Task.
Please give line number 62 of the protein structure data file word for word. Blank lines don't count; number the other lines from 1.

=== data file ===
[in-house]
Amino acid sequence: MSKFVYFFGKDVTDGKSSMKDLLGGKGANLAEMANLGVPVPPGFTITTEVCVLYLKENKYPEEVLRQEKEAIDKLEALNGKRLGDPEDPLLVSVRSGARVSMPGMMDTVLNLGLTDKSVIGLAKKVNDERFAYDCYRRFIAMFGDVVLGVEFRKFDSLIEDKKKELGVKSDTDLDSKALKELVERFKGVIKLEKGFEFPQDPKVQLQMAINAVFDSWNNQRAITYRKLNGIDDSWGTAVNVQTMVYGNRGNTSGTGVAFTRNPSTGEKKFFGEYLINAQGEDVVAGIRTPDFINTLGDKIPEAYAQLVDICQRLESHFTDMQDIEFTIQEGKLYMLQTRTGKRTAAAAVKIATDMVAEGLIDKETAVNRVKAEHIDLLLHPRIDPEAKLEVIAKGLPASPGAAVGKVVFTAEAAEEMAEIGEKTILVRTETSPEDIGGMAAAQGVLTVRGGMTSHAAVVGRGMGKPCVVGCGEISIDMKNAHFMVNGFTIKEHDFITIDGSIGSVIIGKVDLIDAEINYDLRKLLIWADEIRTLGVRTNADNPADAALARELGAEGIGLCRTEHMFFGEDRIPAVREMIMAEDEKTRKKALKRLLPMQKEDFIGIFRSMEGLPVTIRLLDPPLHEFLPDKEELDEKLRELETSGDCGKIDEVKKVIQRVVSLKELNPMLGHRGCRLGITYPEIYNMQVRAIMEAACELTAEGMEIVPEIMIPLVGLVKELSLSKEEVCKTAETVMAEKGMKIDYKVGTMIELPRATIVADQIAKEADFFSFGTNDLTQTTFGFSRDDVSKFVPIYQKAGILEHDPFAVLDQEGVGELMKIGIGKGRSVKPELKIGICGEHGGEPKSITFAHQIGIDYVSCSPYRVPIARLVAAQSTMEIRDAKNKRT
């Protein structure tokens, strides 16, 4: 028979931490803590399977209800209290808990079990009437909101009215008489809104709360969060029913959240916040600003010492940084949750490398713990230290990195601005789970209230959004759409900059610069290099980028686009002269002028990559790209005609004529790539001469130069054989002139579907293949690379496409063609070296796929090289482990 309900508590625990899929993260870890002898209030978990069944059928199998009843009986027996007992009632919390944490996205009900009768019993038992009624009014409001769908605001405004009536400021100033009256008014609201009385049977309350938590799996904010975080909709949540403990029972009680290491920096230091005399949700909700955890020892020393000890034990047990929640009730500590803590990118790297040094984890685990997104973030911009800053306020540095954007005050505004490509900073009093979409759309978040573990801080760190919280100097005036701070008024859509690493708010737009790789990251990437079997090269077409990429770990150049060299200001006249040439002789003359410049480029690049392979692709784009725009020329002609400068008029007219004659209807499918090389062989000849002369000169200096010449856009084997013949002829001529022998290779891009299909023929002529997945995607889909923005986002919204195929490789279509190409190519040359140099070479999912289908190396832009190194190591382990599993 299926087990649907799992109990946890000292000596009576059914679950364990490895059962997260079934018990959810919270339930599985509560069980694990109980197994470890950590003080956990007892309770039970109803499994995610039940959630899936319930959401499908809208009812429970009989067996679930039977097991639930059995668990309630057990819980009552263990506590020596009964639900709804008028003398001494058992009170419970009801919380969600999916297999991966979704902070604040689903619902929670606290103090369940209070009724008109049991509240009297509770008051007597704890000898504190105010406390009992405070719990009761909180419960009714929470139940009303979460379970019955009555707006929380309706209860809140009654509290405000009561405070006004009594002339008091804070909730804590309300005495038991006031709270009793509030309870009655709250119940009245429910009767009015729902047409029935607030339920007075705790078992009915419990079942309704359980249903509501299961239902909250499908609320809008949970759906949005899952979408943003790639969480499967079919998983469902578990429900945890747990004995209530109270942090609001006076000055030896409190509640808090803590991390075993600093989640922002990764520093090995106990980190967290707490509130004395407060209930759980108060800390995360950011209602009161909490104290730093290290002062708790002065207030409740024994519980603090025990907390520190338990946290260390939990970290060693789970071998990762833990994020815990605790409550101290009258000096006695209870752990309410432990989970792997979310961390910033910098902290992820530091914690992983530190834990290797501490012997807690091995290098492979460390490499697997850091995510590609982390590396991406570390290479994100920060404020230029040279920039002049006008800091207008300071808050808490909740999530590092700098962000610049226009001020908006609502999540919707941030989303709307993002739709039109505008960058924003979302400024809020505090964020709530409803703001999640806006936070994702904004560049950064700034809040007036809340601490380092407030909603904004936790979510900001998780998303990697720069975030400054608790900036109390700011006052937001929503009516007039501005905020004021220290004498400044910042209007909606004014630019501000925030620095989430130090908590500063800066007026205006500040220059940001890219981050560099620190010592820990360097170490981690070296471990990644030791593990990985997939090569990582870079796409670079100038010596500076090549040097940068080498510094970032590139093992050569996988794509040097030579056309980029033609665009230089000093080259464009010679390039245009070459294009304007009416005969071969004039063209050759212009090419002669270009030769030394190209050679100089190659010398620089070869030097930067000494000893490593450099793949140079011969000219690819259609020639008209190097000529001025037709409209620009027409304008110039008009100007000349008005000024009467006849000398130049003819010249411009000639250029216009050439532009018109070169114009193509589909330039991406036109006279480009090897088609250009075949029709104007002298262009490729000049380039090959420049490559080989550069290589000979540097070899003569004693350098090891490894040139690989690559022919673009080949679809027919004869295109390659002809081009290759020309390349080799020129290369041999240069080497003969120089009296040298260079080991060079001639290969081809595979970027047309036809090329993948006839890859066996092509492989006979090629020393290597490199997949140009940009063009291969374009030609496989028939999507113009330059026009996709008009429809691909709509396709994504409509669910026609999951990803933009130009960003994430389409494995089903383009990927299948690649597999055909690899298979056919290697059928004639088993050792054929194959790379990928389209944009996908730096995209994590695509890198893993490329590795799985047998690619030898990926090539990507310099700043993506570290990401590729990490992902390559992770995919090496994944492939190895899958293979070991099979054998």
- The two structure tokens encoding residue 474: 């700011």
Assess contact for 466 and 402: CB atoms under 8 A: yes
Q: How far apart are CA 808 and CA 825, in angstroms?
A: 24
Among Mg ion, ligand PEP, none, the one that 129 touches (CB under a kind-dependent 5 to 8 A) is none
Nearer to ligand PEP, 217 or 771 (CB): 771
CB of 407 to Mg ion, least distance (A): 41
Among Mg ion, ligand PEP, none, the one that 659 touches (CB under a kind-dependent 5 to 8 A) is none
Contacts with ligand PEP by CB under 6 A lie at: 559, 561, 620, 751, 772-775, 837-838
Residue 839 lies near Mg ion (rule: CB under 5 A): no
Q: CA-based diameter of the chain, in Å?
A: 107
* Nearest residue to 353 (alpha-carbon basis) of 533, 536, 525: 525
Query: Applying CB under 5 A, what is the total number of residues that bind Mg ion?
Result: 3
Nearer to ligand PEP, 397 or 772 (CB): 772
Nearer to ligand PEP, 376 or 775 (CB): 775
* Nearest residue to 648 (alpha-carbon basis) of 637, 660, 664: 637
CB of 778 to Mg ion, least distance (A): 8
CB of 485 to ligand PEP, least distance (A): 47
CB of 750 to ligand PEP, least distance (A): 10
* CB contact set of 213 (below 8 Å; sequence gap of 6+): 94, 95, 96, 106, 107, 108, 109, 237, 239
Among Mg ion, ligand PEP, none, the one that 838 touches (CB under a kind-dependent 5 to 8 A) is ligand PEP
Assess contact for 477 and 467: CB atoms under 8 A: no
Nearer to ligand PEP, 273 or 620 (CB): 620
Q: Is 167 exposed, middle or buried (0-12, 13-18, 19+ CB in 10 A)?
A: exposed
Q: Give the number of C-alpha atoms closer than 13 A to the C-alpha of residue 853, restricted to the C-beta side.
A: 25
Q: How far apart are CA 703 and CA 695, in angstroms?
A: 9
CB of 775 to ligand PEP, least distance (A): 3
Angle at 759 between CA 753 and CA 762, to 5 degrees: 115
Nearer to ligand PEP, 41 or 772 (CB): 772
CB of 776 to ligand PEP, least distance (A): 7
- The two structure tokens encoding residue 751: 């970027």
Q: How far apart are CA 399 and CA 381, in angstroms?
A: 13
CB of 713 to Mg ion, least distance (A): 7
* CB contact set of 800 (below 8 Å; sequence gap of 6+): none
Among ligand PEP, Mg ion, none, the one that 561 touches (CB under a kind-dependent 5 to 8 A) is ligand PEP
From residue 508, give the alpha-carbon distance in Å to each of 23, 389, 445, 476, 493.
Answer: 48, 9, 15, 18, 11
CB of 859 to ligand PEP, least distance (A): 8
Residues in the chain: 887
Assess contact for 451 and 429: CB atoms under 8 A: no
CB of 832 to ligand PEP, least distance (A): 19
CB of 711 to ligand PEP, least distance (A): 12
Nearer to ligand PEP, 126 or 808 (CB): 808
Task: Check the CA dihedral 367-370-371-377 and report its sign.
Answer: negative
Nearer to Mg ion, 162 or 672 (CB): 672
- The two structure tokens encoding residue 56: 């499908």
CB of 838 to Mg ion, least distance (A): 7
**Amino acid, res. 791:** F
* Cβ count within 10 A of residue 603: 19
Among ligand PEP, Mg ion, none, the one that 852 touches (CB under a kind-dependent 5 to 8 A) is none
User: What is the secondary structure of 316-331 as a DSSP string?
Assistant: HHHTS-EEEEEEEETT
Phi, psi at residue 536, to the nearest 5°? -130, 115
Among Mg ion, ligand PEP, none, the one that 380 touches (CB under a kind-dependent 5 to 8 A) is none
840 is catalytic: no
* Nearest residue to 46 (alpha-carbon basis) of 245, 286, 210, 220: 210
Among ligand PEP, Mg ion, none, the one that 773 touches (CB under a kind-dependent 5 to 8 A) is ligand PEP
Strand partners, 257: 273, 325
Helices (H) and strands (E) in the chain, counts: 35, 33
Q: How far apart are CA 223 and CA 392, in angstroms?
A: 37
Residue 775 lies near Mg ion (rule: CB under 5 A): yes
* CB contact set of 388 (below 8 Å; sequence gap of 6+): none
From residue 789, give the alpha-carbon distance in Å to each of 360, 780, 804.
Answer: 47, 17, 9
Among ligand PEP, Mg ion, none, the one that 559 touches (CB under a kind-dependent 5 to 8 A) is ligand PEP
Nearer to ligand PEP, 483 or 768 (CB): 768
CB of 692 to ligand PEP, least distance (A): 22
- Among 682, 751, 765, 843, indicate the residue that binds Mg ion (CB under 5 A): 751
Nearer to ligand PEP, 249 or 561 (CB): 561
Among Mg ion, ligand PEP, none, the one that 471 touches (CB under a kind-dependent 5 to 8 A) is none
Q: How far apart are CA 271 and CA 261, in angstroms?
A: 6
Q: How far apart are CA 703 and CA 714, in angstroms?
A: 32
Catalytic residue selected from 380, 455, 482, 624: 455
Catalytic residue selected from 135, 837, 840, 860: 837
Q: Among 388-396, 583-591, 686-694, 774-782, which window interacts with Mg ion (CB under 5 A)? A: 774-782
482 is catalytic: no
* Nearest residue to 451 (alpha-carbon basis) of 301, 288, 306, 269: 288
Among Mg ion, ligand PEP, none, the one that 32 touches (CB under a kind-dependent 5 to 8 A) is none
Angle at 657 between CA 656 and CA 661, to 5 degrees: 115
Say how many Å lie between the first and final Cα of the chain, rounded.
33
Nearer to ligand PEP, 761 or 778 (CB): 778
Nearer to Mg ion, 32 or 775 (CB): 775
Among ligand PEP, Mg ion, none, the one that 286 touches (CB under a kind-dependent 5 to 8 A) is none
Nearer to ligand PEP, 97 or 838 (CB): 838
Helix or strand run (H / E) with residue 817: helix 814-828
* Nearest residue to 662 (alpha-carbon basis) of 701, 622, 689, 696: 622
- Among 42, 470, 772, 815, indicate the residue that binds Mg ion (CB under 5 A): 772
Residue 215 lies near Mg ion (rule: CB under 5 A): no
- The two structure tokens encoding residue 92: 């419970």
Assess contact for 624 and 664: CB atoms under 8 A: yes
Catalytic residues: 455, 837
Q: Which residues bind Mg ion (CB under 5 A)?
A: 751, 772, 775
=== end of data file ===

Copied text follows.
Assistant: HHHTS-EEEEEEEETT